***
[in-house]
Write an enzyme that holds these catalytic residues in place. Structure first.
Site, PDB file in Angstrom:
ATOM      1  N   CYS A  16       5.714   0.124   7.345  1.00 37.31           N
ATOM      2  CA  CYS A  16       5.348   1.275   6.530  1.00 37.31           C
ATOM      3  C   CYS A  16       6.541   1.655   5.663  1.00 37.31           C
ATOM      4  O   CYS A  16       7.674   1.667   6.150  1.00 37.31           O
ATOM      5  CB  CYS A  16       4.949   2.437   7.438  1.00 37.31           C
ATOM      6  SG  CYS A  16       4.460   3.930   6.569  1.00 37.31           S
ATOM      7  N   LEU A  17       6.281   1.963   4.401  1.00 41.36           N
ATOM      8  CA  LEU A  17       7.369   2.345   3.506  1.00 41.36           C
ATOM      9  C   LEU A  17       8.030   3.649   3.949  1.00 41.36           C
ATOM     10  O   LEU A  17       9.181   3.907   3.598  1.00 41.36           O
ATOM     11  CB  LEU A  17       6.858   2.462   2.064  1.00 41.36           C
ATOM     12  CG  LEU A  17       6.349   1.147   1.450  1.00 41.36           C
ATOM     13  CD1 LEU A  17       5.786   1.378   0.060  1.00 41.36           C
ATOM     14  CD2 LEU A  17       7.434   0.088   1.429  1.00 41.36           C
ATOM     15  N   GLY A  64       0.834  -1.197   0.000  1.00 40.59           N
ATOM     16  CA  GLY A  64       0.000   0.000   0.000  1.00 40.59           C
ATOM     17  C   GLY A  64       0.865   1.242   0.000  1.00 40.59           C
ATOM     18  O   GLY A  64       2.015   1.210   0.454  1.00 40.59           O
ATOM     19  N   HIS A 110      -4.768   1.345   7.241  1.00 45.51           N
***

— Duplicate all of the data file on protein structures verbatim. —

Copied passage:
[in-house]
Write an enzyme that holds these catalytic residues in place. Structure first.
Site, PDB file in Angstrom:
ATOM      1  N   CYS A  16       5.714   0.124   7.345  1.00 37.31           N
ATOM      2  CA  CYS A  16       5.348   1.275   6.530  1.00 37.31           C
ATOM      3  C   CYS A  16       6.541   1.655   5.663  1.00 37.31           C
ATOM      4  O   CYS A  16       7.674   1.667   6.150  1.00 37.31           O
ATOM      5  CB  CYS A  16       4.949   2.437   7.438  1.00 37.31           C
ATOM      6  SG  CYS A  16       4.460   3.930   6.569  1.00 37.31           S
ATOM      7  N   LEU A  17       6.281   1.963   4.401  1.00 41.36           N
ATOM      8  CA  LEU A  17       7.369   2.345   3.506  1.00 41.36           C
ATOM      9  C   LEU A  17       8.030   3.649   3.949  1.00 41.36           C
ATOM     10  O   LEU A  17       9.181   3.907   3.598  1.00 41.36           O
ATOM     11  CB  LEU A  17       6.858   2.462   2.064  1.00 41.36           C
ATOM     12  CG  LEU A  17       6.349   1.147   1.450  1.00 41.36           C
ATOM     13  CD1 LEU A  17       5.786   1.378   0.060  1.00 41.36           C
ATOM     14  CD2 LEU A  17       7.434   0.088   1.429  1.00 41.36           C
ATOM     15  N   GLY A  64       0.834  -1.197   0.000  1.00 40.59           N
ATOM     16  CA  GLY A  64       0.000   0.000   0.000  1.00 40.59           C
ATOM     17  C   GLY A  64       0.865   1.242   0.000  1.00 40.59           C
ATOM     18  O   GLY A  64       2.015   1.210   0.454  1.00 40.59           O
ATOM     19  N   HIS A 110      -4.768   1.345   7.241  1.00 45.51           N